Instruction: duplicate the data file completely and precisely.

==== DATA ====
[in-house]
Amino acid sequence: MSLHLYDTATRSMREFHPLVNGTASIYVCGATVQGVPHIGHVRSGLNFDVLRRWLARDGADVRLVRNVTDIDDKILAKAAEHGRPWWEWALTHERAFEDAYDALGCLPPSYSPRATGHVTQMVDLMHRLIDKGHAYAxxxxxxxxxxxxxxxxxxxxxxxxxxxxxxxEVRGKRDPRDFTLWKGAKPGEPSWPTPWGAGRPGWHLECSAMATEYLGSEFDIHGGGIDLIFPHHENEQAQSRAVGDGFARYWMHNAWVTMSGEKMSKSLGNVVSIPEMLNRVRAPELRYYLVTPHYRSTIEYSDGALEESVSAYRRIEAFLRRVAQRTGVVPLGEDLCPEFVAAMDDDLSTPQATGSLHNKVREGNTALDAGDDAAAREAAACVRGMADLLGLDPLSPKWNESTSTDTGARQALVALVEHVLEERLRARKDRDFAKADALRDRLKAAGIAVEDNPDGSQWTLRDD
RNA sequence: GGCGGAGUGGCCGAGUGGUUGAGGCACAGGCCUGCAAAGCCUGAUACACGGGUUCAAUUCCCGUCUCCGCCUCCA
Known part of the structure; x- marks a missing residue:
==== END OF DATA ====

[in-house]
Amino acid sequence: MSLHLYDTATRSMREFHPLVNGTASIYVCGATVQGVPHIGHVRSGLNFDVLRRWLARDGADVRLVRNVTDIDDKILAKAAEHGRPWWEWALTHERAFEDAYDALGCLPPSYSPRATGHVTQMVDLMHRLIDKGHAYAxxxxxxxxxxxxxxxxxxxxxxxxxxxxxxxEVRGKRDPRDFTLWKGAKPGEPSWPTPWGAGRPGWHLECSAMATEYLGSEFDIHGGGIDLIFPHHENEQAQSRAVGDGFARYWMHNAWVTMSGEKMSKSLGNVVSIPEMLNRVRAPELRYYLVTPHYRSTIEYSDGALEESVSAYRRIEAFLRRVAQRTGVVPLGEDLCPEFVAAMDDDLSTPQATGSLHNKVREGNTALDAGDDAAAREAAACVRGMADLLGLDPLSPKWNESTSTDTGARQALVALVEHVLEERLRARKDRDFAKADALRDRLKAAGIAVEDNPDGSQWTLRDD
RNA sequence: GGCGGAGUGGCCGAGUGGUUGAGGCACAGGCCUGCAAAGCCUGAUACACGGGUUCAAUUCCCGUCUCCGCCUCCA
Known part of the structure; x- marks a missing residue: